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SPEECH: THE ROYAL LITERARY FUND. LONDON, MARCH 12, 1856.
[The Corporation of the Royal Literary Fund was established in 1790, its object being to administer assistance to authors of genius and learning, who may be reduced to distress by unavoidable calamities, or deprived, by enfeebled faculties or declining life, of the power of literary exertion. At the annual general meeting held at the house of the society on the above date, the following speech was made by Mr. Charles Dickens:]
SIR, - I shall not attempt to follow my friend Mr. Bell, who, in the profession of literature, represents upon this committee a separate and distinct branch of the profession, that, like
"The last rose of summer Stands blooming alone, While all its companions Are faded and gone,"
into the very prickly bramble-bush with which he has ingeniously contrived to beset this question. In the remarks I have to make I shall confine myself to four points: - 1. That the committee find themselves in the painful condition of not spending enough money, and will presently apply themselves to the great reform of spending more. 2. That with regard to the house, it is a positive matter of history, that the house for which Mr. Williams was so anxious was to be applied to uses to which it never has been applied, and which the administrators of the fund decline to recognise. 3. That, in Mr. Bell's endeavours to remove the Artists' Fund from the ground of analogy it unquestionably occupies with reference to this fund, by reason of their continuing periodical relief to the same persons, I beg to tell Mr. Bell what every gentleman at that table knows - that it is the business of this fund to relieve over and over again the same people.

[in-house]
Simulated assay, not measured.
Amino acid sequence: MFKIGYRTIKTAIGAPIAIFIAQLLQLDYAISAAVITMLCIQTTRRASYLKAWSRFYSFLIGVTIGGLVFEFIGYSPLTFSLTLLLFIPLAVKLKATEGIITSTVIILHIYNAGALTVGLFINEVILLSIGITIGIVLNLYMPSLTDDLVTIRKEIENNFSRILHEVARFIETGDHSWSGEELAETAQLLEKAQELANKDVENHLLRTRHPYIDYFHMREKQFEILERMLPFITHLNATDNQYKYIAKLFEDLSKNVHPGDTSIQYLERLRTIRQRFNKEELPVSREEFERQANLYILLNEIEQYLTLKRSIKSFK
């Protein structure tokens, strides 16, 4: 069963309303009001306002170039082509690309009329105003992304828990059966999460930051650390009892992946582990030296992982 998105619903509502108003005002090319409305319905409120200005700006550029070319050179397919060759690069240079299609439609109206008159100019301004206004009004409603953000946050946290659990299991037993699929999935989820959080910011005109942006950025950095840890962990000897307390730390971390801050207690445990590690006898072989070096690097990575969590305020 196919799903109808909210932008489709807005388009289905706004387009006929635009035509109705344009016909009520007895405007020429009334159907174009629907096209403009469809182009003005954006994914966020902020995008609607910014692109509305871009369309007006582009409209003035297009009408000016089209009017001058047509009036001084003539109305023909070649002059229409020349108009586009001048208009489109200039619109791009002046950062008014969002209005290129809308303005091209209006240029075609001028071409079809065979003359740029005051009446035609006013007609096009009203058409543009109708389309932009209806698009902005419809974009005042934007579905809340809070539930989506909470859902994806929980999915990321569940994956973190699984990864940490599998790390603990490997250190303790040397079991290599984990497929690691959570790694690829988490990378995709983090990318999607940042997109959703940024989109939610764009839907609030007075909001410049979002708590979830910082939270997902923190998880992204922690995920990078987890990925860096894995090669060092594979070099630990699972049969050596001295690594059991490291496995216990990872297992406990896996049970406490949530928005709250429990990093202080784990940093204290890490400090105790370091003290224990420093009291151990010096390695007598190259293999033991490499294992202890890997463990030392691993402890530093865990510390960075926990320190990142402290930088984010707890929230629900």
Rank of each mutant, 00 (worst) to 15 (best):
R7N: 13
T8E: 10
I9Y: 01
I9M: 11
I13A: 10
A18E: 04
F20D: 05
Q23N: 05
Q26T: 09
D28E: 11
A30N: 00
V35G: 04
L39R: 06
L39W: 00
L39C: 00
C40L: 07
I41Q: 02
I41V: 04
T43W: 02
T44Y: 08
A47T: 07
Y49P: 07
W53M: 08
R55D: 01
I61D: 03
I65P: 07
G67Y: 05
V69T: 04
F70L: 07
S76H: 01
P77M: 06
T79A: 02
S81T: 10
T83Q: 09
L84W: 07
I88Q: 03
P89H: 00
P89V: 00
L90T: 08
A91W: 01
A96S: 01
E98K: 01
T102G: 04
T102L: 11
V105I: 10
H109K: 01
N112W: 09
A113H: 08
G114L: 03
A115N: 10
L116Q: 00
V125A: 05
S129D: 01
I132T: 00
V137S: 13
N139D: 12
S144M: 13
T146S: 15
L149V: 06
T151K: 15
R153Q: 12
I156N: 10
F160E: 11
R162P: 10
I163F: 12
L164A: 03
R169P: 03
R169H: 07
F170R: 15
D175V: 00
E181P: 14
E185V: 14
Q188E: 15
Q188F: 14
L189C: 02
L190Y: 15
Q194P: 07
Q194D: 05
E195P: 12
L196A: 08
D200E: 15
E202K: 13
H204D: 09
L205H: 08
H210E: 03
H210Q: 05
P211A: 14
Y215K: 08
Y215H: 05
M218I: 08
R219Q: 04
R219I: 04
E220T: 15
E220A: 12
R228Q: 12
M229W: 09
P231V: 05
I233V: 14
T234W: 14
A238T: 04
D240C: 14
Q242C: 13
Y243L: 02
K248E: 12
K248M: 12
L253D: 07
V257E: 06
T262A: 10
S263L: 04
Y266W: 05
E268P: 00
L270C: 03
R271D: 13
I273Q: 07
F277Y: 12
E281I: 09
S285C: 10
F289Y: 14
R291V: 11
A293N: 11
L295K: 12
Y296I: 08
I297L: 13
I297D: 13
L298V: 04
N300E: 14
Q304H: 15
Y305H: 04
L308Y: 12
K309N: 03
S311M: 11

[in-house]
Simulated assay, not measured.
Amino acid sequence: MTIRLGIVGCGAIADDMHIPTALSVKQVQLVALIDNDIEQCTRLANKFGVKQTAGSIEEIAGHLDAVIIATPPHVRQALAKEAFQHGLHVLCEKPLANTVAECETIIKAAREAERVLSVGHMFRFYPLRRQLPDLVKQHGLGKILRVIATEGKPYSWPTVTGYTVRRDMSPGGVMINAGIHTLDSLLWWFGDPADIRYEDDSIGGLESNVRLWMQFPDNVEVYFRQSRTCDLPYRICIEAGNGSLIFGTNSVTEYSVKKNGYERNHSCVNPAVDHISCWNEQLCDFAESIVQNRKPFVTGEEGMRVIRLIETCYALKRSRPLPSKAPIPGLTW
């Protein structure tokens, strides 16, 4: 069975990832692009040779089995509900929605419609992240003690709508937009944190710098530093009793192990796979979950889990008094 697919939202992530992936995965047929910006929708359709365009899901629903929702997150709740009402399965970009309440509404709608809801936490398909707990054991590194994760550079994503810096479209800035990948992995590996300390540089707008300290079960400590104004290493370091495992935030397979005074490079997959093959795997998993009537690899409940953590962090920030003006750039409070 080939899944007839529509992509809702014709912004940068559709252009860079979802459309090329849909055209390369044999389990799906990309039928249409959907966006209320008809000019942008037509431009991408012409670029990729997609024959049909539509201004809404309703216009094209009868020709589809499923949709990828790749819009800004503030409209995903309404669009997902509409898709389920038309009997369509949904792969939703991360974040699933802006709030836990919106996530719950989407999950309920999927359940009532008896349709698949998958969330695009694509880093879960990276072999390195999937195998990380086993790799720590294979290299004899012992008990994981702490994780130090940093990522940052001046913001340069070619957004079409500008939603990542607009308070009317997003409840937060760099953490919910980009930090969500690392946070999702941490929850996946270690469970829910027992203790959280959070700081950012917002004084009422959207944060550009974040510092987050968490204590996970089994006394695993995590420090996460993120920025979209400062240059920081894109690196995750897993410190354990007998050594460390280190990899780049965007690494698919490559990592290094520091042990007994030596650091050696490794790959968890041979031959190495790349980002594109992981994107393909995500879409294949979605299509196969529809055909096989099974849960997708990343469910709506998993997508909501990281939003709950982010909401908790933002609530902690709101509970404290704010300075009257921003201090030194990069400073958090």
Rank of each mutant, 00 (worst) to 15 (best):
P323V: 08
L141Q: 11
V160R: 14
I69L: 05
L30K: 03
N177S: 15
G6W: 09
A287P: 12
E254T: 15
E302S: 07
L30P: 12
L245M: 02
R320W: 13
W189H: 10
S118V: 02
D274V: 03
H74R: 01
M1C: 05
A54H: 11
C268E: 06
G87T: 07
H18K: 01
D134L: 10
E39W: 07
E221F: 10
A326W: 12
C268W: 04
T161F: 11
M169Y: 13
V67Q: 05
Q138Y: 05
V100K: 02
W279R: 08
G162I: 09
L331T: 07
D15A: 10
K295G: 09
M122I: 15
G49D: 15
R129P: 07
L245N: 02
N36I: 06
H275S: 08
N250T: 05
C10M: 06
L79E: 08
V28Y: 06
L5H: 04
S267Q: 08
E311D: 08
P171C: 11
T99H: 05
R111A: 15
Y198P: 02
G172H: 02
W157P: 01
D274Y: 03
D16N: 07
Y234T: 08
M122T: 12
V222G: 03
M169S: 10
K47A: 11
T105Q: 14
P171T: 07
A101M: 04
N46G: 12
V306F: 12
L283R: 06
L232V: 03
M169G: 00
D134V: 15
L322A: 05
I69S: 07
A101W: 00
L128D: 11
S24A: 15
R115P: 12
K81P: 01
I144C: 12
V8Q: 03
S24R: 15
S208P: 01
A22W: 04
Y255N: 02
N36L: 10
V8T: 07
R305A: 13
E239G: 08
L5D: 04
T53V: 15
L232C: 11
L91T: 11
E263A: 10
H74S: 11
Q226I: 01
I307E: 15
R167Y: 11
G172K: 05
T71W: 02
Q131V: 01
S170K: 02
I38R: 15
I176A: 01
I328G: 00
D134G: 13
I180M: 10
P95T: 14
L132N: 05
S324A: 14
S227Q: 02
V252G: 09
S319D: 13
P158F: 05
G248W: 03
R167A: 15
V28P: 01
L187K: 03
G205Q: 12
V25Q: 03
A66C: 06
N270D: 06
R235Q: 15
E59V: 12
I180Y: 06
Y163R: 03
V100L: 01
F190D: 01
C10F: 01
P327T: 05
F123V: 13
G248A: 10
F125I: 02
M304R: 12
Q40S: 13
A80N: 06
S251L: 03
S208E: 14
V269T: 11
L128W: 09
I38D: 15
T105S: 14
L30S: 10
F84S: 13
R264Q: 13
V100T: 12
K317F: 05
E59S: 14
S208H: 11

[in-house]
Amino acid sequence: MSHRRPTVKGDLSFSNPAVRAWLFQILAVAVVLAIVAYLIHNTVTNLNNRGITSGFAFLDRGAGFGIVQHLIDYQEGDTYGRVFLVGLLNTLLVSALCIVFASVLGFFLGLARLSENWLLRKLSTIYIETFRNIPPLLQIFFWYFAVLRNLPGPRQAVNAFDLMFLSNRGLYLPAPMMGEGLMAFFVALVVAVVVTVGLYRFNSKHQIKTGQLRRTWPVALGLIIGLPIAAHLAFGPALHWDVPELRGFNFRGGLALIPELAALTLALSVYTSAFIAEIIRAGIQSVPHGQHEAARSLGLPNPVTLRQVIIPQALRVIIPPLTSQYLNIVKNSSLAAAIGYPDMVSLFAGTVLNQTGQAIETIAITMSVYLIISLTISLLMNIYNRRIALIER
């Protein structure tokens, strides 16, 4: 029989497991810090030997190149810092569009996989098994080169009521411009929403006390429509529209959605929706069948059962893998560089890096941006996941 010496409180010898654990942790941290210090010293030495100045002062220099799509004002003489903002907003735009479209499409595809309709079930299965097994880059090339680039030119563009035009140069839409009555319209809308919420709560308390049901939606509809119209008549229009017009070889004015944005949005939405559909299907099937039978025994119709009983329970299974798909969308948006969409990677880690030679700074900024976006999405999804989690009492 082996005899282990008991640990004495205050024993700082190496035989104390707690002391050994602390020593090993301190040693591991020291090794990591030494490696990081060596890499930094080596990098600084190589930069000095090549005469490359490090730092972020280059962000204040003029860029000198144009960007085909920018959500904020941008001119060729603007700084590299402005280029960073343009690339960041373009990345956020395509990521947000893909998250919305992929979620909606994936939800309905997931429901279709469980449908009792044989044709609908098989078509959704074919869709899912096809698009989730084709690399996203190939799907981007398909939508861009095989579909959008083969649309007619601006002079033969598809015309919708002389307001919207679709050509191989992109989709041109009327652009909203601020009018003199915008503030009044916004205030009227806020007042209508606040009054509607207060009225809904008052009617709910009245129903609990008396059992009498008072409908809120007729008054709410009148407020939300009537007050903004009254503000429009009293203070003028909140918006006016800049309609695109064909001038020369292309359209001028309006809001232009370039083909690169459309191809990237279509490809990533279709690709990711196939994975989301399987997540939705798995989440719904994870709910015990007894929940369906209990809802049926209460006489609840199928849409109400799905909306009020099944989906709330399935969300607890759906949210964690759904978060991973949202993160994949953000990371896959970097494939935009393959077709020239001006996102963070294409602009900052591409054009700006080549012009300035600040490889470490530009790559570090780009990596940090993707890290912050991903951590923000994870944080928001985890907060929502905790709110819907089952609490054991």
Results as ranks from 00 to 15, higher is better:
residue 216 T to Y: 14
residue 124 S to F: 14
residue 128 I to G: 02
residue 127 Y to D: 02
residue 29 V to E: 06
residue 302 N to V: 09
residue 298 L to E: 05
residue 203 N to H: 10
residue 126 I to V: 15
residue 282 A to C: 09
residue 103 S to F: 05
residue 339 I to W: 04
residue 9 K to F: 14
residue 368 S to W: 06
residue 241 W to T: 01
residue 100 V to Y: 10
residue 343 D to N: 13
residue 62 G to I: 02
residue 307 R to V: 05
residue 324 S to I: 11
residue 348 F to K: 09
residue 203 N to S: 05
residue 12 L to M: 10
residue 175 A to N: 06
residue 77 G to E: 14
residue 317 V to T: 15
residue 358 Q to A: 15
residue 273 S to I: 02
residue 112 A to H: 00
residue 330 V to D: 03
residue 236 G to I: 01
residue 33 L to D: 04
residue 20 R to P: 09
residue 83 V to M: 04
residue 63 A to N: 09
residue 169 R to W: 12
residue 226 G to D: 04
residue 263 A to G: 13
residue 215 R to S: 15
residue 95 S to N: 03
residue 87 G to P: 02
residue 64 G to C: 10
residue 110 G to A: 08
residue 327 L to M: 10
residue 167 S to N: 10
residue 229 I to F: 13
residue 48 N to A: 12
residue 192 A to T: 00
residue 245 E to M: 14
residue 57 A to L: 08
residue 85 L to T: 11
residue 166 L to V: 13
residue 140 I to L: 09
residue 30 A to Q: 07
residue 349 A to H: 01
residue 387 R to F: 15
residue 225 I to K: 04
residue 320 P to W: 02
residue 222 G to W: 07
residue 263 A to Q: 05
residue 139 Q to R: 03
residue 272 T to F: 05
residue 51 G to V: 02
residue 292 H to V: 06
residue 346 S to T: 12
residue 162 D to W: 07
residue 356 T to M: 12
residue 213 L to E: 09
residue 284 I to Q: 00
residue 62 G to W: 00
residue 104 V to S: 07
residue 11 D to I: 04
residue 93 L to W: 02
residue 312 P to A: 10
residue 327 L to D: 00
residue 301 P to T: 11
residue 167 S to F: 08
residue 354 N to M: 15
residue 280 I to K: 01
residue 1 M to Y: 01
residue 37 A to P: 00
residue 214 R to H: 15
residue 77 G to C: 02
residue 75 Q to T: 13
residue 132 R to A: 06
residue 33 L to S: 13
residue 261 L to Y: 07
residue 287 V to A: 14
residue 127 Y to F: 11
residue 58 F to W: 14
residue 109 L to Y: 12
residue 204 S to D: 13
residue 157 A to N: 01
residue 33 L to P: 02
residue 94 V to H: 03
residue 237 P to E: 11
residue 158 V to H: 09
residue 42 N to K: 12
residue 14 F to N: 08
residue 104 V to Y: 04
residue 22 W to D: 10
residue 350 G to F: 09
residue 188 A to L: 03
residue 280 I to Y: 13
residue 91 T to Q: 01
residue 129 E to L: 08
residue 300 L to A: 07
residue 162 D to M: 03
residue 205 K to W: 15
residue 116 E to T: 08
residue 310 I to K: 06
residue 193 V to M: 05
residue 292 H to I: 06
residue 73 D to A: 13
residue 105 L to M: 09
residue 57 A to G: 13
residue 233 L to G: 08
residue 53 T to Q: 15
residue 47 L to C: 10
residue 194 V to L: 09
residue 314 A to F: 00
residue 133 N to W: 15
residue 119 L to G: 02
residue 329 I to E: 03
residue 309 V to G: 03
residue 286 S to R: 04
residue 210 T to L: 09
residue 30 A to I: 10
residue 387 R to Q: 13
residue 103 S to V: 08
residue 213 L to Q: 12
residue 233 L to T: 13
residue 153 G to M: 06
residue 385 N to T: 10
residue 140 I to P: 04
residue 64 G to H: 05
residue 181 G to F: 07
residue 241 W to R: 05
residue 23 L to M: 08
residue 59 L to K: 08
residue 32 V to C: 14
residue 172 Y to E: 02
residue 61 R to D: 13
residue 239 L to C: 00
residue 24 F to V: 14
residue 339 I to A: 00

MR. BELL: But fresh inquiry is always made first.